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I've noticed when smoking on the grill that sometimes there is no visible smoke, though there's the clear smell of burning wood.

Once the wood has begun to smoke, what grill temperature will ensure the process continues and that the food is smoked? Is the chosen temperature just a matter of maintaining this minimum temperature and stretching or shortening cooking time and smoke exposure?

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Is there a specific food you're looking at? I've added a general answer, but I didn't get in to detail on 15min vs 30min vs 12hr smoke times, which can make quite a difference in how you solve the issue. –  yossarian Mar 25 '13 at 21:18
    
What sort of wood are you using. How old is it? –  TFD Mar 26 '13 at 1:28
    
@tfd Typically hickory chips from newly purchased to a year old. –  Jeff Axelrod Mar 26 '13 at 3:56
    
If you want good smoke, try a soft wood or shrub wood (cedar, lavender, tea tree). You only need to age wood with running sap. Smoking wood with liquid sap can be nice, but may be too astringent –  TFD Mar 26 '13 at 6:50
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2 Answers 2

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Don't let the tail wag the dog. When smoking, you want to figure out time and temperature first and worry about smoke second. This can obviously vary widely. That said, there are things you can do to get more smoke going:

If you can smell it, you'll get some smoke flavor. If you can see it, you'll get more. If you're not getting (much) visible smoke then you need some combination of 1) wetter wood 2) lower temperature 3) larger wood. You get less smoke when the wood just goes up in flames. Chips are particularly prone to do this. Larger chunks smolder better. Things also smolder better when they're very wet or the fire isn't so hot. But again, you want to figure out your temperature and then get smoke, not make large temp changes just to get smoke.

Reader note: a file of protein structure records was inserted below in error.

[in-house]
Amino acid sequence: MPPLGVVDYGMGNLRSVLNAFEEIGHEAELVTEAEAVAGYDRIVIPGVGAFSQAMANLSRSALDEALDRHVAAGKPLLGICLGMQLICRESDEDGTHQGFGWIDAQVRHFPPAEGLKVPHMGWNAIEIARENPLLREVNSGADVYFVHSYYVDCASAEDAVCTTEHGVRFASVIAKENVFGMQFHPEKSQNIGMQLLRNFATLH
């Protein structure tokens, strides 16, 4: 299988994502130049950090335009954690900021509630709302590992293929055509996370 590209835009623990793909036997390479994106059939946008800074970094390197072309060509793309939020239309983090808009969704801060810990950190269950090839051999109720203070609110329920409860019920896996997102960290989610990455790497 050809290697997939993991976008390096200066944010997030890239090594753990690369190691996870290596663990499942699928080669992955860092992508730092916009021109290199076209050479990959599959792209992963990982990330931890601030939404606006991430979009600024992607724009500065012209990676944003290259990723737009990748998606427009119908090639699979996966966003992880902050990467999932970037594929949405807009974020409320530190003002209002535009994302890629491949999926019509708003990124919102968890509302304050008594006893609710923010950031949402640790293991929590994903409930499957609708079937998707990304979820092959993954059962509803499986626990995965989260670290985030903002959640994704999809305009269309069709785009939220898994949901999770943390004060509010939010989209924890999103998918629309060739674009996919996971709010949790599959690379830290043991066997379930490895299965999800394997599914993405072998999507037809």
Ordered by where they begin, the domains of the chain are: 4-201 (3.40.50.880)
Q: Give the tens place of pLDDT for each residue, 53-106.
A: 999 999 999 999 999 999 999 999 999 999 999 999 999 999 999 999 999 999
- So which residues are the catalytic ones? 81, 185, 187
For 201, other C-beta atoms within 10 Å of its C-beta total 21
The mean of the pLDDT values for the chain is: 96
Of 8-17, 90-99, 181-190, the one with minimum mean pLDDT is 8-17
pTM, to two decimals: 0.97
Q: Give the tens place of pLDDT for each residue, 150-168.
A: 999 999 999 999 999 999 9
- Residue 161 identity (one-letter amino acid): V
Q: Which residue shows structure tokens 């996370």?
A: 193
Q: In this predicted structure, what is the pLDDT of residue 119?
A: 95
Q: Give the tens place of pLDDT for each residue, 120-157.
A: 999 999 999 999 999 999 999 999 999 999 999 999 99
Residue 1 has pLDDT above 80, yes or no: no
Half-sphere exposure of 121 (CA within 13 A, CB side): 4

If you're doing very low and slow (225F), sometimes that's not enough heat to get your wood smoking well. Smaller chips or higher temperature are the only things I've found that really solve this problem.

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Proof that soaking wood chips accomplishes almost nothing. –  Carey Gregory Mar 25 '13 at 22:20
    
@CareyGregory That article doesn't sound like proof, only hypothesizing. Or did I miss something? Were there blind tastings and experiments? –  Jeff Axelrod Mar 26 '13 at 15:04
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@JeffAxelrod He proved how much water is actually absorbed during a 12-hour soak: 3% for chunks and 6% for chips. He makes the point that such a trivial amount of water would evaporate almost immediately, and until it did so it would limit the temperature of the wood to 212F/100C, preventing smoke generation. So, soaking accomplishes nothing. In practice, I've found he's quite right. Soaked wood begins to smoke (not steam) a few moments later than dry wood, but it burns up just as quickly. –  Carey Gregory Mar 26 '13 at 17:16
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The usual temperature range for traditional low-and-slow BBQ is between 200F and 250F, although there's plenty of variation allowed - I've made solid BBQ at 300F. (Cold-smoking, as in for making smoked-salmon, is a wholly different animal)

With a closed grill and smoke-wood mixed in with the coals, there should be plenty of heat to smolder the wood. Note that you DO NOT need to see visible smoke to get smoke-flavor - most pro-BBQ pitmasters will allow the smoke to get to a 'blue-smoke' stage - not thick, billowing white smoke - for best flavor.

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